We Love Snow.com


“Japanese Mass Entertainment”

Music in Japan – J-POP


Among all the Japanese music with lyrics (=songs), the ones preferred by the younger generation is called J-POP in general. The term was created by J-WAVE, one of the most popular FM radio stations in Tokyo and periphery.

Definition: J-POP includes most of the pop-idol songs but excludes “enka” (traditional ballad), and as for the discussion on whether or not to include folk songs remains controversial. In most cases, folk songs with rather strong social messages are not counted as J-POP music. Songs in the following genres are many times also excluded: hard rock / heavy metal / guitar rock / rock’n’roll / (punk rock) / hard core punk / loud rock / heavy rock / (hip hop) / reggae / techno, house and trans (dance music) as well as music and “anime songs” and sometimes “visual-kei”.

Hence, “pop” in J-POP does not necessarily refer to a narrow definition of “cherry, light music with high tempo and rhythm” but has a broad meaning of pop music (*that is to say, pretty much everything but the above) in Japanese language i.e., Japanese folk, Japanese rock and Japanese popular songs (“kayoukyoku”). Having defined so, the definition is actually vague and blurry making most music genres except for extreme ones like heavy metal or hard core punk part of J-POP –-–-–- not to mention that many of the so-called J-POP music are like blends of different genres.

The history of J-POP as an established music genre is short, as the term came up and became the mainstream music in Japanese society in the 1990s. With the karaoke boom that had started a short while before the emergence of J-POP, people started to favor music that is more popular and easier to sing, over the really good music that are rather difficult to enjoy singing. Thus, J-POP quickly gained popularity for its catchiness, for songs were easy to remember and sing at karaoke by listening to them only a few times on the radio

With the great help of the boosting bubble economy in the early ‘90s J-POP experienced a great growth and enjoyed huge CD sales even without the silicon audios that we have today (although, it’s not the silicon audio whatnot that’s directly causing decreasing CD sales). This was also the time period when “charismas” started to emerge from the music entertainment industry who gave immense impact to the society.

One of the first “charismas” (meaning ‘charismatic figures’ in proper English) that the music entertainment industy produced in the dawning of J-POP era is Amuro Namie. The biggest characteristic about her is perhaps the combination of powerful singing and dancing, as there were very few artists who performed in this matter back then and before. It was a very fresh style of singing, and her performance as well as herself – with beautiful feature (and figure) and the latest fashion – became the symbol of powerful women during the bubble era, consequently producing a remarkable population of “Amlers” who copied her style and fashion from head to toe.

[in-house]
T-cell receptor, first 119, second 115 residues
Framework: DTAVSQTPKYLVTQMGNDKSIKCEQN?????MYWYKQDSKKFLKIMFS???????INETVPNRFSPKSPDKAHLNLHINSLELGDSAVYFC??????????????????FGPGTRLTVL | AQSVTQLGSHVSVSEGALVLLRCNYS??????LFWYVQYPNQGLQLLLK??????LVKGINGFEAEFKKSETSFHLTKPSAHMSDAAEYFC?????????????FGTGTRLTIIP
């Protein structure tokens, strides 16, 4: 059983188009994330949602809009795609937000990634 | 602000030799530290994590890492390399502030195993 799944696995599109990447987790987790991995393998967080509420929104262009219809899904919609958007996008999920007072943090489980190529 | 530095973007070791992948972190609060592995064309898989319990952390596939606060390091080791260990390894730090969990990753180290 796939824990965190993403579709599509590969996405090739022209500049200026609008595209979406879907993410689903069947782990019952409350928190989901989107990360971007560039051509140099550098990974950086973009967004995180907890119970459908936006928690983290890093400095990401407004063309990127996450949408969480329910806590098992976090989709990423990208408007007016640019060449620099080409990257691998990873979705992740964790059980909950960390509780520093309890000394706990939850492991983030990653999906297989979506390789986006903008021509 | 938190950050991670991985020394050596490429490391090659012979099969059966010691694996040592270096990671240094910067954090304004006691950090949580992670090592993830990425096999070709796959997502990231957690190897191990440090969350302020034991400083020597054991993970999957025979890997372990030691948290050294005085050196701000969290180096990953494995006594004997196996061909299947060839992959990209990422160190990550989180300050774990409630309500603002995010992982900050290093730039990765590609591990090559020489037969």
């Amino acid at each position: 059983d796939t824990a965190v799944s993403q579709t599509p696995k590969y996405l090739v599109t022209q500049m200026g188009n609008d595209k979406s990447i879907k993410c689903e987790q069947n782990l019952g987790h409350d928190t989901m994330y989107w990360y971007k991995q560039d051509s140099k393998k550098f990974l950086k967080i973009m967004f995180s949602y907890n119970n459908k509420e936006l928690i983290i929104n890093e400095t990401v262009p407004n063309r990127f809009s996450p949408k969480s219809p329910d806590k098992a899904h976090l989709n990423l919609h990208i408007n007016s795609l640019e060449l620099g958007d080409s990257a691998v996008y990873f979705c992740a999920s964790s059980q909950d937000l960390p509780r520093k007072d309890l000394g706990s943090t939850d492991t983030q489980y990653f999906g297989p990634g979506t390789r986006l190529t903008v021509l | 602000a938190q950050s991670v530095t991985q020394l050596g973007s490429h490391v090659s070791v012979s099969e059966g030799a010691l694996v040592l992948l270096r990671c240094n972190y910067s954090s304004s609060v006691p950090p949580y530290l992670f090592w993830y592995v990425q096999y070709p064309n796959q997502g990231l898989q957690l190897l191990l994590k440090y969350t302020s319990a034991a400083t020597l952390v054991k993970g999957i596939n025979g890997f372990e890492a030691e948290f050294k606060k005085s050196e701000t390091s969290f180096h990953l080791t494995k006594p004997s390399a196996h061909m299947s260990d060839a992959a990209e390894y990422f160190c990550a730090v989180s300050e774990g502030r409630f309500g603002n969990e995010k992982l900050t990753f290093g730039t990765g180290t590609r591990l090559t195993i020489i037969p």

The next “charisma” who came out in the latter half of 1990s was Hamasaki Ayumi. In her music she expressed the dreams, wishes and hopes at the same time as weaknesses and concerns quite realistically but in a pop manner, and gained sympathy from a wide range of women in Japan. Some analysts claim that her songs served as “revitalizers” to the depressed feelings and minds of the people in the post-bubble economy.

The figure acknowledged to be the “charisma” today is Koda Kumi. The most conspicuous point about her – which has also become a new social (fashion) fad in Japan – is what is called “ero-kakkoii” (sexy and cool: ‘ero’ comes from erotic). Because of her appeal in sexiness she tends to attract male fans as much as female fans, whereas the previous two attracted more females. As for her style – perhaps somewhat close to Christina Aguilera? Again, analysis are made on Koda Kumi that she represents the women today who are not just powerful but are also more active in opening themselves and appealing to men.

Like this, analyzing the history of J-POP allows us to observe the flow of Japanese socio-history and culture as well as people. From the next arcitle let us focus on the musical characteristics of J-POP.

Made in Japan Contents
  • Green Tea 1 / 2 / 3 / 4
    Spirited Away (2001)
  • Haruki Murakami
  • Yasunari Kawabata
  • Banana Yoshimoto
  • Yukio Mishima
  • Inazo Nitobe
  • Japanese Tea
  • Bonsai
  • VAIO
  • Canon

  • copyright 2005 © JMODE.COM all rights reserved